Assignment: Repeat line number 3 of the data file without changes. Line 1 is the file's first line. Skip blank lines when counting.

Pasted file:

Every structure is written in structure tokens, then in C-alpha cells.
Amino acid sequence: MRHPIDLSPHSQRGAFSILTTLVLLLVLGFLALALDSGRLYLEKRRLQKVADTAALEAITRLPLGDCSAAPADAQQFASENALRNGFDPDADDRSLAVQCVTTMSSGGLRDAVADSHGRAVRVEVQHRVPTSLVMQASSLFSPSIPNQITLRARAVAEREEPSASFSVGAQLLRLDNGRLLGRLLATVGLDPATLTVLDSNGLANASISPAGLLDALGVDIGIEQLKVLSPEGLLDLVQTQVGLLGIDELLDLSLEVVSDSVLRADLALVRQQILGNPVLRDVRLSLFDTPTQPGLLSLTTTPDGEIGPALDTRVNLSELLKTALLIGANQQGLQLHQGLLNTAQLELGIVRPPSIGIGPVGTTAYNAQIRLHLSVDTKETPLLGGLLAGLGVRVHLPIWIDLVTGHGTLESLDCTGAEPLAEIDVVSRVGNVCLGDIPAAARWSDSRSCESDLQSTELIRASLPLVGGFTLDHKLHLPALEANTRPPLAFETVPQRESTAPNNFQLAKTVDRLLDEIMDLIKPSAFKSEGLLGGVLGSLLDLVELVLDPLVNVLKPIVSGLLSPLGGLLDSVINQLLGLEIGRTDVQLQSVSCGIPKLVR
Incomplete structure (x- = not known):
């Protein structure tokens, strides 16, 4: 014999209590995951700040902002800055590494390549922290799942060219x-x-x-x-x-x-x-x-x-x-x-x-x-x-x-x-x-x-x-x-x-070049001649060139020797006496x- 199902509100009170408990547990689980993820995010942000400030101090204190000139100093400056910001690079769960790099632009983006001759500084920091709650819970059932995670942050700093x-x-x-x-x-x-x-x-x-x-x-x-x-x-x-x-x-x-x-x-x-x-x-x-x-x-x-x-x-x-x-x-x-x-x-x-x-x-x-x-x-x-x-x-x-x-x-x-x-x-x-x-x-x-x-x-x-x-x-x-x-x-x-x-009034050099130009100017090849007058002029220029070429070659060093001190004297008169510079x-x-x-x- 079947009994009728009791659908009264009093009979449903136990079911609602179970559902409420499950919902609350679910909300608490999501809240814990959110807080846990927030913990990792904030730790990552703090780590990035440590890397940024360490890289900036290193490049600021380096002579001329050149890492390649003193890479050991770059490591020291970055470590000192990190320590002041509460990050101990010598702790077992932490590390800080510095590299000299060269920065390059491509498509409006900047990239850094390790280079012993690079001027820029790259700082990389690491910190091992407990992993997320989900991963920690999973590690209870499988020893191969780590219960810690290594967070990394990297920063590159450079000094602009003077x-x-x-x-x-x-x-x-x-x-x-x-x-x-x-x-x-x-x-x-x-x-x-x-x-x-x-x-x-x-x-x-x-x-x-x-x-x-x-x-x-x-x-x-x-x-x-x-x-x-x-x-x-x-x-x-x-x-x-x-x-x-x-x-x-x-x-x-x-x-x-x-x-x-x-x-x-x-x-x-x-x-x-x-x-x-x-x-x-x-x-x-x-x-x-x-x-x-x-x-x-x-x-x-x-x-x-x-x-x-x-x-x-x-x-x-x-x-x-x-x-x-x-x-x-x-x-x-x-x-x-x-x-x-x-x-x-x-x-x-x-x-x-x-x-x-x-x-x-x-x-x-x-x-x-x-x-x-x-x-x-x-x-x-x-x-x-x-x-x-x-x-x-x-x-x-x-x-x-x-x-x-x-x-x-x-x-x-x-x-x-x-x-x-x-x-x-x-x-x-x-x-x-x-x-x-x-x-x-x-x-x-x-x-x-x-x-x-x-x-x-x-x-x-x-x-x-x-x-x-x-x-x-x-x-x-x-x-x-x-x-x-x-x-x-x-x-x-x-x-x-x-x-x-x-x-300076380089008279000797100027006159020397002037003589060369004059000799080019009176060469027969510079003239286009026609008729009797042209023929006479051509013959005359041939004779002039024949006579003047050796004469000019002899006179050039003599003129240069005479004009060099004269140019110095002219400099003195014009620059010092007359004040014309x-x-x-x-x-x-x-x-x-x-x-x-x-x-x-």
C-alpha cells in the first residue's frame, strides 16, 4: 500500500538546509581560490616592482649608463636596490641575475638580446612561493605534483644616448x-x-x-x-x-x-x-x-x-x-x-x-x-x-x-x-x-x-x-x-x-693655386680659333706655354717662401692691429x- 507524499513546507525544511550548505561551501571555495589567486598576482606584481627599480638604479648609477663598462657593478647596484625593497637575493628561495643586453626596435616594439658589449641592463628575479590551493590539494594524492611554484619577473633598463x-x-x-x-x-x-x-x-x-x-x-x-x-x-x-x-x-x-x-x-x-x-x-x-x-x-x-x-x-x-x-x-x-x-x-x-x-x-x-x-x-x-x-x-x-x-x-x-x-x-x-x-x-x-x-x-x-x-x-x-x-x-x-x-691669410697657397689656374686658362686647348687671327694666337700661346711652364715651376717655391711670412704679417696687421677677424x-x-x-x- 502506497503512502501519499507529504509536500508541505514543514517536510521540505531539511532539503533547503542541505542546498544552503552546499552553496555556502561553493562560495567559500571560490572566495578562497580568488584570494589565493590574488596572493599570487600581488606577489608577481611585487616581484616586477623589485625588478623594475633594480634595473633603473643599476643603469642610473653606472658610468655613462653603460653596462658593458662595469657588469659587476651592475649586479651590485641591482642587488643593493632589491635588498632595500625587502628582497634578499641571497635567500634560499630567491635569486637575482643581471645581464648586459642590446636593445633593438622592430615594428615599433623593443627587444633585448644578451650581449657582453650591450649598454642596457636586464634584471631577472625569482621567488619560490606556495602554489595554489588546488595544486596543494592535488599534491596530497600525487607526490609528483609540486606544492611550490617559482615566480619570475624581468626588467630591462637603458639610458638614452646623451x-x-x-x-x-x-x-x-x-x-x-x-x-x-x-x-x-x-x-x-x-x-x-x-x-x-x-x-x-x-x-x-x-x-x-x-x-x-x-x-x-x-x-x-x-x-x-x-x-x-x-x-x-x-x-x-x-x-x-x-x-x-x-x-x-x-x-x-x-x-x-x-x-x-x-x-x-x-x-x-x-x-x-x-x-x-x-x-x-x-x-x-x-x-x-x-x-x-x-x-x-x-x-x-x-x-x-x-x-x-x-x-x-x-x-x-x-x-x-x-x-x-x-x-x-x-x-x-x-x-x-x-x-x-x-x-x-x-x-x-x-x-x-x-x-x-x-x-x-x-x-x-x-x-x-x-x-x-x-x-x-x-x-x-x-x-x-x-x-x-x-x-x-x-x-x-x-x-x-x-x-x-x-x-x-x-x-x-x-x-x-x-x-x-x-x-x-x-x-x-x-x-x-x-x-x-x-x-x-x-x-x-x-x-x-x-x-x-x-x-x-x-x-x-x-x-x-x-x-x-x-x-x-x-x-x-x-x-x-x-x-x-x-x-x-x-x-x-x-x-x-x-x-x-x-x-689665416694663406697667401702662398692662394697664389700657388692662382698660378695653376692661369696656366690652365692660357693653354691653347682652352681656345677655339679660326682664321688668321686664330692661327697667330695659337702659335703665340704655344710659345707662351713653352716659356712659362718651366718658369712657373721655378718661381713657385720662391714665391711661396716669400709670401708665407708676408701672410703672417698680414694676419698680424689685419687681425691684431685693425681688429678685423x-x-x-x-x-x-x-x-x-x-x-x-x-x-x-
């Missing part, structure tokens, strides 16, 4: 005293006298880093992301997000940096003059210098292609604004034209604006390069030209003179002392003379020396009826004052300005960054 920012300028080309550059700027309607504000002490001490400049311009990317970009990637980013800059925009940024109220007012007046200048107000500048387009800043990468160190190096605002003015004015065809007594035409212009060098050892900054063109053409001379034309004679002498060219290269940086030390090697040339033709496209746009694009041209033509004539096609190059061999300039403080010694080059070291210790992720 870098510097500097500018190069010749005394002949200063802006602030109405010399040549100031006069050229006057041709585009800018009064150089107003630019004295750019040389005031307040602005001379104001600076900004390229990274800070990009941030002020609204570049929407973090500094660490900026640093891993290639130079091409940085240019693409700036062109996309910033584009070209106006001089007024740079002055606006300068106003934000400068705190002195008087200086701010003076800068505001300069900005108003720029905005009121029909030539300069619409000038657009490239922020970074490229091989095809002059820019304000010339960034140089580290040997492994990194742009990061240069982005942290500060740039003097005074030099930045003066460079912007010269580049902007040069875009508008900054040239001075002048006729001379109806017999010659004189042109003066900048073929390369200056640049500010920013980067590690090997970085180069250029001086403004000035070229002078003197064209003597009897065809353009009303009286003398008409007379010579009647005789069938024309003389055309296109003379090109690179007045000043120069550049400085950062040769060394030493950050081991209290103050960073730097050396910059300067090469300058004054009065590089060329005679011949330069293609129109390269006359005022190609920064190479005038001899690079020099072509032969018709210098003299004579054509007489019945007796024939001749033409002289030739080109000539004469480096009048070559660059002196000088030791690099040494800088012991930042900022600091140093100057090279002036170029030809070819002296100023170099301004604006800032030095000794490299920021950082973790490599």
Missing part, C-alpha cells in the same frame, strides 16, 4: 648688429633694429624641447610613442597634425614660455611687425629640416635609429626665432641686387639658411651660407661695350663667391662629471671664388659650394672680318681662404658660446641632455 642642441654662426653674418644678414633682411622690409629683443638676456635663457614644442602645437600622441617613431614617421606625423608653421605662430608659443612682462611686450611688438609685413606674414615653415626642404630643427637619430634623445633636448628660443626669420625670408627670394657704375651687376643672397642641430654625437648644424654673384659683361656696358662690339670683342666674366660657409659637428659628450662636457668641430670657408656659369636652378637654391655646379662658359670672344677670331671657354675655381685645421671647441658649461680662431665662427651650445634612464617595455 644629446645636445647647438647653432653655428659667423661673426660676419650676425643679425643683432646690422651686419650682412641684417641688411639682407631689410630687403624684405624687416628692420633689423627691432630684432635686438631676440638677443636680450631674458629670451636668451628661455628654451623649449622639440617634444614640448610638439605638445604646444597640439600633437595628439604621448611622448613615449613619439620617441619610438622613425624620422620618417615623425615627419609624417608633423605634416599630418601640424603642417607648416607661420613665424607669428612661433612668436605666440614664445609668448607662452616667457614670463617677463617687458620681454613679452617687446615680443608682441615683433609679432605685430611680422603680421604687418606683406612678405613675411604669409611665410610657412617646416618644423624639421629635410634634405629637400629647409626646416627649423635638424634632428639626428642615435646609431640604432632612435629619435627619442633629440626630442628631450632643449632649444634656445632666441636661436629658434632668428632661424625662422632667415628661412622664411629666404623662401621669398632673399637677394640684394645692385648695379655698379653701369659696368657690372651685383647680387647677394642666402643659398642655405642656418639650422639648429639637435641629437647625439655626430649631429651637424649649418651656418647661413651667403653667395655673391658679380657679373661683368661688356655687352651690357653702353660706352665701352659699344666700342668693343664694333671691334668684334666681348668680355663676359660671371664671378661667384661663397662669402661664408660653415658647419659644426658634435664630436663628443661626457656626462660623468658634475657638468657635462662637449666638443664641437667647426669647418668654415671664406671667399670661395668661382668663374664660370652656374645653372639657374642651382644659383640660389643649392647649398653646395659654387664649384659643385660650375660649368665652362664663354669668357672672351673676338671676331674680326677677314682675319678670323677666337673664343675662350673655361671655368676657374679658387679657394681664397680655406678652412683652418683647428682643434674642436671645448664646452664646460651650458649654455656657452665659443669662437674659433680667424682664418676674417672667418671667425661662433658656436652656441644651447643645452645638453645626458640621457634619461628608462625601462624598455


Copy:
Incomplete structure (x- = not known):